***Enjoy this sneak peek into 2050: Psycho Island. Please excuse the block formatting and any errors. The manuscript has not been professionally edited yet.
Chapter 1: Derek and The Family Orchard
“Mornin’, Mom.” Derek kissed his mother on the cheek.
Hannah Reeves stood over the electric stovetop, cooking scrambled eggs. A pitcher of fresh squeezed orange juice was on the counter. “Good morning, honey,” she replied, not looking at her son.
Derek stared at his mother, his eyes squinting. She was a sturdy woman with thick gray hair. Chubby but not fat. But she looked a little thinner than usual. And she had dark circles around her eyes. “You okay? You look tired.”
Hannah frowned at her son. “Thanks for noticing.”
“You eatin’ enough?”
“That’s my line.” She went back to the eggs. “Put your toast on.”
“You didn’t answer my question?”
Derek raised his eyebrows. “You need me to work the farmer’s market this weekend?”
“I said, I’m fine. You got enough to do. Make your toast. Your eggs are almost done.”
Derek eyed his mother one last time, then grabbed the loaf of bread from the counter. “You want any?”
“I already ate.”
Hannah sat with her son as he ate his breakfast. The kitchen table was wooden, painted white, made by Derek’s late father. Derek took a gulp of his orange juice.
“You gonna have the George Oranges ready for the market?” Hanna asked.
Derek set his glass on the table with a smile. “I should have ‘em picked and boxed with a day to spare.”
Hannah smiled back. “I remember when we had to hire ten guys for the picking.”
“Good thing we don’t have to anymore. We can’t afford it. And even if we could, I’m not sure we could find farm labor. Not with UBI.”
“It was always a struggle for your dad to find help. Even before UBI.”
Derek nodded and stood from the table, grabbing his plate and glass. “Thanks for breakfast, Mom. I should get movin’.”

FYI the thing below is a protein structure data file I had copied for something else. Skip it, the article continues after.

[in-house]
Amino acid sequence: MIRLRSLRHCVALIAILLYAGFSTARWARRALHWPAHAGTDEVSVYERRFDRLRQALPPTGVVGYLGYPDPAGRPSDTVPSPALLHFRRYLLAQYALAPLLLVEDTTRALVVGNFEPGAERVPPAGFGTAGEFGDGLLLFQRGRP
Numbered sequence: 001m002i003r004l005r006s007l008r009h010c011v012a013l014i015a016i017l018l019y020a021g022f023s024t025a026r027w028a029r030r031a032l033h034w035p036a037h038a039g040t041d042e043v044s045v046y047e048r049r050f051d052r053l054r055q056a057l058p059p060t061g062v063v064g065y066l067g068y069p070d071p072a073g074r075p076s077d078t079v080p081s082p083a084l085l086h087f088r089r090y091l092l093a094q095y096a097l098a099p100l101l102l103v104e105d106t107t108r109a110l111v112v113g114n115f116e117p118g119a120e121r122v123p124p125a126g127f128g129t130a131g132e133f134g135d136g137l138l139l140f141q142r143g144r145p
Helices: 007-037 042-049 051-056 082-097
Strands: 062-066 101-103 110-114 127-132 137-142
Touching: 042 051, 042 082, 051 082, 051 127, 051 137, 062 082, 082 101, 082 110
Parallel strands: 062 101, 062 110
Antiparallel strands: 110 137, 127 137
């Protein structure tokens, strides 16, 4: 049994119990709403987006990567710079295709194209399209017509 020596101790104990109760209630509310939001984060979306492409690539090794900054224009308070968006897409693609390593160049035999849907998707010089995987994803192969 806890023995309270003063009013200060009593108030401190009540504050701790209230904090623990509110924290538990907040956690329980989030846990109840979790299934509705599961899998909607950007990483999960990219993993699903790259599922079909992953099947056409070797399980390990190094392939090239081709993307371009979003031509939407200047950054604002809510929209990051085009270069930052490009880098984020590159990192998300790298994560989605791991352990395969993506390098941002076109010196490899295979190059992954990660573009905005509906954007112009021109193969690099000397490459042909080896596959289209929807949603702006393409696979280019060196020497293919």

Outside, scattered clouds parted for the rising sun. Birds chirped. Dew covered every surface, but would quickly evaporate as the sun took center stage. From the porch of the old farmhouse, Derek surveyed the orchard. Ninety acres of premium farmland in the Shenandoah Valley of Virginia. The orchard sat on a gently sloped, south-facing hill. Every twenty feet or so, ditches had been dug along the contour lines, berms formed downslope, and trees planted on the berms. The ditches collected valuable water and nutrient to feed the trees planted on the berms. Eight compacted clay ponds had been constructed to collect excess runoff and feed the trees in times of drought.
Derek walked to the barn, a dilapidated relic of a time long gone. Two large machines were parked inside, the tractor and the picker. The picker was long and tall and sat on four skinny, knobby tires. On the right side of the machine, a hose end, large enough to pass a grapefruit, was connected to a track that extended twenty-five feet in the air. Derek climbed on the machine, sat in the captain’s chair, and pressed the start button. The touch screen appeared in front of him, the battery powered engine silent. He used the joystick to drive the machine into the orchard. The picker was very slow. Even in transport mode, it inched forward at less than five miles per hour. Derek drove the picker to the first row of ripe oranges, the right side of the machine and the mechanical hose facing the fruit. He tapped the screen, selecting the speed and the settings.
The hose end came to life, moving up the track, then pivoting forward on a joint, into the tree canopy. The hose end suctioned an orange from a branch, then another, and another. The oranges were fed through the hose to a soft conveyer belt and deposited into a cardboard box. The machine inched forward as it picked the tree clean. Derek dismounted the picker and checked the box in the rear of the machine. Derek pushed the full box aside for storage and added an empty box. Every five minutes or so, Derek would need to add another empty box. While he waited, he used another suction hose, one that wasn’t automated, but could be used by humans to vacuum fruit from the orchard floor. As he vacuumed, he smelled the lemongrass and oregano and basil that grew underneath and confused would be orange pests. Vacuuming was an art as much as it was a science. He had to be careful of his herbs, and to avoid gleaning damaged fruit. He had the picker down to a science. The speed he selected was just enough time to vacuum the fruit under the tree and change the box before the picker moved on to the next orange tree.